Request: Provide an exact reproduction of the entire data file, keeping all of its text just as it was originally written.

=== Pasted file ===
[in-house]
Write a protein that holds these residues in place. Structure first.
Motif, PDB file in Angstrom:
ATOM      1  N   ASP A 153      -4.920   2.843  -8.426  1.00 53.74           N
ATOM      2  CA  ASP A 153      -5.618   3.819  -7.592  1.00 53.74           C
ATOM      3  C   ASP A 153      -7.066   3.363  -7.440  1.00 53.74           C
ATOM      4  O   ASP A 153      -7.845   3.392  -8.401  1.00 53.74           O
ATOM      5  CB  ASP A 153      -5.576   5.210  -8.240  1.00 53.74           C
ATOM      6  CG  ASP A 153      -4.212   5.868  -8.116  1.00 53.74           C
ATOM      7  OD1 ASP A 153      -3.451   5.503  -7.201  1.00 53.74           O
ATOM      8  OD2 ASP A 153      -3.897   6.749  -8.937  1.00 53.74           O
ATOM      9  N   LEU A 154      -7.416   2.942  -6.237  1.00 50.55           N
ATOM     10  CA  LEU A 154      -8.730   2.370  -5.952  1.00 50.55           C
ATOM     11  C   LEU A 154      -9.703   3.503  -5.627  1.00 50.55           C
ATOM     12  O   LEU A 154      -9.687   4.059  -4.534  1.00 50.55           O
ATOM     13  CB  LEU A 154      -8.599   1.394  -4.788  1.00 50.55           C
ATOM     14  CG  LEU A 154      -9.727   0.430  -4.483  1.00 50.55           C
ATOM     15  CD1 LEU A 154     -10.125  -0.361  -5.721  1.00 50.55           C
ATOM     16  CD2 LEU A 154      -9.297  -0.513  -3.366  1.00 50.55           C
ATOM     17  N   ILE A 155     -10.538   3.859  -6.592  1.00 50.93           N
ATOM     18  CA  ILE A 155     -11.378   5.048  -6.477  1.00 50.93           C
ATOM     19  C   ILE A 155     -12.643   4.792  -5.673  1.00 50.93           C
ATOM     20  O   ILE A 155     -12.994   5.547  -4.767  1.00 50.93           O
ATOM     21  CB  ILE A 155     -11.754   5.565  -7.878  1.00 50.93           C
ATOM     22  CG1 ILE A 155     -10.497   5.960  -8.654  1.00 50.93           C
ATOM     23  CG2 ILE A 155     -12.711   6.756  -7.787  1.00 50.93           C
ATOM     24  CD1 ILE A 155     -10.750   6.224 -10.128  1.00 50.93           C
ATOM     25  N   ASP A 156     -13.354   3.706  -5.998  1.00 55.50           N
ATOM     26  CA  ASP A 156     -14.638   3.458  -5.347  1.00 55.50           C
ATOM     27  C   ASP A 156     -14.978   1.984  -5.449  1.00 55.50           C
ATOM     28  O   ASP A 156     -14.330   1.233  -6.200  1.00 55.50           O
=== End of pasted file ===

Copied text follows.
[in-house]
Write a protein that holds these residues in place. Structure first.
Motif, PDB file in Angstrom:
ATOM      1  N   ASP A 153      -4.920   2.843  -8.426  1.00 53.74           N
ATOM      2  CA  ASP A 153      -5.618   3.819  -7.592  1.00 53.74           C
ATOM      3  C   ASP A 153      -7.066   3.363  -7.440  1.00 53.74           C
ATOM      4  O   ASP A 153      -7.845   3.392  -8.401  1.00 53.74           O
ATOM      5  CB  ASP A 153      -5.576   5.210  -8.240  1.00 53.74           C
ATOM      6  CG  ASP A 153      -4.212   5.868  -8.116  1.00 53.74           C
ATOM      7  OD1 ASP A 153      -3.451   5.503  -7.201  1.00 53.74           O
ATOM      8  OD2 ASP A 153      -3.897   6.749  -8.937  1.00 53.74           O
ATOM      9  N   LEU A 154      -7.416   2.942  -6.237  1.00 50.55           N
ATOM     10  CA  LEU A 154      -8.730   2.370  -5.952  1.00 50.55           C
ATOM     11  C   LEU A 154      -9.703   3.503  -5.627  1.00 50.55           C
ATOM     12  O   LEU A 154      -9.687   4.059  -4.534  1.00 50.55           O
ATOM     13  CB  LEU A 154      -8.599   1.394  -4.788  1.00 50.55           C
ATOM     14  CG  LEU A 154      -9.727   0.430  -4.483  1.00 50.55           C
ATOM     15  CD1 LEU A 154     -10.125  -0.361  -5.721  1.00 50.55           C
ATOM     16  CD2 LEU A 154      -9.297  -0.513  -3.366  1.00 50.55           C
ATOM     17  N   ILE A 155     -10.538   3.859  -6.592  1.00 50.93           N
ATOM     18  CA  ILE A 155     -11.378   5.048  -6.477  1.00 50.93           C
ATOM     19  C   ILE A 155     -12.643   4.792  -5.673  1.00 50.93           C
ATOM     20  O   ILE A 155     -12.994   5.547  -4.767  1.00 50.93           O
ATOM     21  CB  ILE A 155     -11.754   5.565  -7.878  1.00 50.93           C
ATOM     22  CG1 ILE A 155     -10.497   5.960  -8.654  1.00 50.93           C
ATOM     23  CG2 ILE A 155     -12.711   6.756  -7.787  1.00 50.93           C
ATOM     24  CD1 ILE A 155     -10.750   6.224 -10.128  1.00 50.93           C
ATOM     25  N   ASP A 156     -13.354   3.706  -5.998  1.00 55.50           N
ATOM     26  CA  ASP A 156     -14.638   3.458  -5.347  1.00 55.50           C
ATOM     27  C   ASP A 156     -14.978   1.984  -5.449  1.00 55.50           C
ATOM     28  O   ASP A 156     -14.330   1.233  -6.200  1.00 55.50           O